February 2022

If I were critiquing months, I would have to say that January left a lot to be desired. The portions were small, it smelled a little off, and we never really resolved the scene where the whole family got COVID.

It’s true. Despite our best attempts at staying safe, we still got the dreaded virus. Thankfully we were all twice-vaxxed – and only a few days away from the booster when it hit. It didn’t feel wonderful but it didn’t kill us. I’m grateful for science and the scientists who still practice it.

This month someone left the barn door open, and now I’m staring at a pile of freelance writing projects. They’re just milling around my desktop, grazing on the crumbs in my keyboard and making funny noises. I hope I can get them all back into the barn before their deadlines.

I just read a fascinating article about Kansas: Would You Take Free Land in Rural America?

In other news, I also just read about Why You Should Quit the News. It’s a long article, but worth a look.

Last little thing: Do you say Febrew-ary or Febyoo-ary?

Grab a cup of something and let’s read:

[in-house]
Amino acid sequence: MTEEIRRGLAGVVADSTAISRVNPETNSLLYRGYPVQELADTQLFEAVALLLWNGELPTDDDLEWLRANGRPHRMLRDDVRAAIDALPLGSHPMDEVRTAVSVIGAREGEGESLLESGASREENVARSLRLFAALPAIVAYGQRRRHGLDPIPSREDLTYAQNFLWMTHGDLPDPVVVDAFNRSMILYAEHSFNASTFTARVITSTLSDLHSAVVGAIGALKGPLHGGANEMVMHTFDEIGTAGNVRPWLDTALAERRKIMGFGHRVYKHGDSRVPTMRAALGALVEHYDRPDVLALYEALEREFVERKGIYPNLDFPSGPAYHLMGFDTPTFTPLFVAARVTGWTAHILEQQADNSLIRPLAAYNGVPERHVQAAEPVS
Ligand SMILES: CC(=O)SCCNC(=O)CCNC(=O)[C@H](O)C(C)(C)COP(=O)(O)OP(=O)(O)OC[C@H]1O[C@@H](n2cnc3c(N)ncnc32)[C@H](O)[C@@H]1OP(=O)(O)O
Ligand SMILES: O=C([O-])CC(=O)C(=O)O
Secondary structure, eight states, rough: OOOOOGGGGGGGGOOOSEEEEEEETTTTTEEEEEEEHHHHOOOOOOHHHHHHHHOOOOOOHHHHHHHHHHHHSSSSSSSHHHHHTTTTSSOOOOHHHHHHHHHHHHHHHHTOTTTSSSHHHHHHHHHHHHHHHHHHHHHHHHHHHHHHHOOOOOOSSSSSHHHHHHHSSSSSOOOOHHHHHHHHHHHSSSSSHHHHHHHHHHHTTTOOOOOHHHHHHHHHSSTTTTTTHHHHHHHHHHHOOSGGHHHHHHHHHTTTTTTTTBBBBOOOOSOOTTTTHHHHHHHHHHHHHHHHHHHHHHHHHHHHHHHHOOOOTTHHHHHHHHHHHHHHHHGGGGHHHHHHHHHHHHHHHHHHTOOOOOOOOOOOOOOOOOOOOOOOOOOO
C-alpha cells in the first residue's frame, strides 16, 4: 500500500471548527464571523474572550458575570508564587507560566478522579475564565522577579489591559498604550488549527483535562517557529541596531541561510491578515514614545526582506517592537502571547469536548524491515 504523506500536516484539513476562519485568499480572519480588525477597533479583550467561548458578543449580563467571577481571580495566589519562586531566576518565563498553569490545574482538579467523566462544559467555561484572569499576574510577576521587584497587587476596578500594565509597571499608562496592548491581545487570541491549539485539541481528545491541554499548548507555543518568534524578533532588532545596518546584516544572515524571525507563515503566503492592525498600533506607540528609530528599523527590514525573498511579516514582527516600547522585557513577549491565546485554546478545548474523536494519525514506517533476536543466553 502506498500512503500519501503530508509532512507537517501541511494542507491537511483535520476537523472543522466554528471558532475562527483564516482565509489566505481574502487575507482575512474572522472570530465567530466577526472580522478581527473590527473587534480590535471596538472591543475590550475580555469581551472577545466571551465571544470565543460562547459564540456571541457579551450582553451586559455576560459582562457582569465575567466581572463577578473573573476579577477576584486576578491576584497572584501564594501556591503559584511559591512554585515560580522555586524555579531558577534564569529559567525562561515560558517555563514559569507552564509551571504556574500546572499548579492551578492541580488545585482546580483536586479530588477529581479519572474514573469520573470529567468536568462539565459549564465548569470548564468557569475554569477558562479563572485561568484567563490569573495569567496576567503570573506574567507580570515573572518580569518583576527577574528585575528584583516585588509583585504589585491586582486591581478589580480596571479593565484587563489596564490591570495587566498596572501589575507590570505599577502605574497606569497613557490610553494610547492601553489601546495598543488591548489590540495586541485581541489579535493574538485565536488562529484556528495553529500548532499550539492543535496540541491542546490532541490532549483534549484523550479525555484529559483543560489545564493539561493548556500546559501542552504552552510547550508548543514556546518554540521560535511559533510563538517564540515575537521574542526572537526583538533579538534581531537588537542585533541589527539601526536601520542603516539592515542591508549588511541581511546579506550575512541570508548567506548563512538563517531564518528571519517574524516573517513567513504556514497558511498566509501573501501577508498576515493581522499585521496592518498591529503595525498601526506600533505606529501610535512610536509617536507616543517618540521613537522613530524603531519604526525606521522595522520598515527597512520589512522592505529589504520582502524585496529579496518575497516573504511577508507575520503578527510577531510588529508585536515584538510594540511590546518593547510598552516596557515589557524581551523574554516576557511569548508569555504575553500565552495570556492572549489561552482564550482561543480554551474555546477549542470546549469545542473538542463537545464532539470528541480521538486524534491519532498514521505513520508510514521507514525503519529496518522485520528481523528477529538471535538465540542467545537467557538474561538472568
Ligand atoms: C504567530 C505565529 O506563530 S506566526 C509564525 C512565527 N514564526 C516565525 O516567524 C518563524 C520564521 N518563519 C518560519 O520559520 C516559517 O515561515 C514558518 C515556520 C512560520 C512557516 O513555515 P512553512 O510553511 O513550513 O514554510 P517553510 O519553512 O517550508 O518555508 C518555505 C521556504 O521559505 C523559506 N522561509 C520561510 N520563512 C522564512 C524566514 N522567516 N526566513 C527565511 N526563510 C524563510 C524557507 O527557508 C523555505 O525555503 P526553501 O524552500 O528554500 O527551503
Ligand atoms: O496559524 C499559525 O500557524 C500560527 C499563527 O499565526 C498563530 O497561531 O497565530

Prince of Tides, Pat Conroy

Still reading this since I picked it up in January. I forgot what an amazing story it is. It’s multi-layered, spans three generations of the main character’s family, and sometimes takes place in NYC. What’s not to love? Also, Pat Conroy’s writing style is rich and beautiful. He paid me to say that.

With Liberty and Dividends for All, Peter Barnes

This is a fascinating look at the current economic condition of the middle class in America and what we can do to save it. I don’t think he’s talking about the Trickle Down Theory.

Peace is Every Step, Thich Nhat Hanh

It’s kind of a weird story about a guy who gets into this fight club, but then he – oh, wait. That’s a different story. This is a book mostly about breathing. And experiencing. And fighting. No, not really. Just read it.

How I choose to link the books I share. A sort of linking manifesto.

Quote of the Moment

“Blasphemy: a law to protect an all-powerful, supernatural deity from getting its feelings hurt.”

Ricky Gervais


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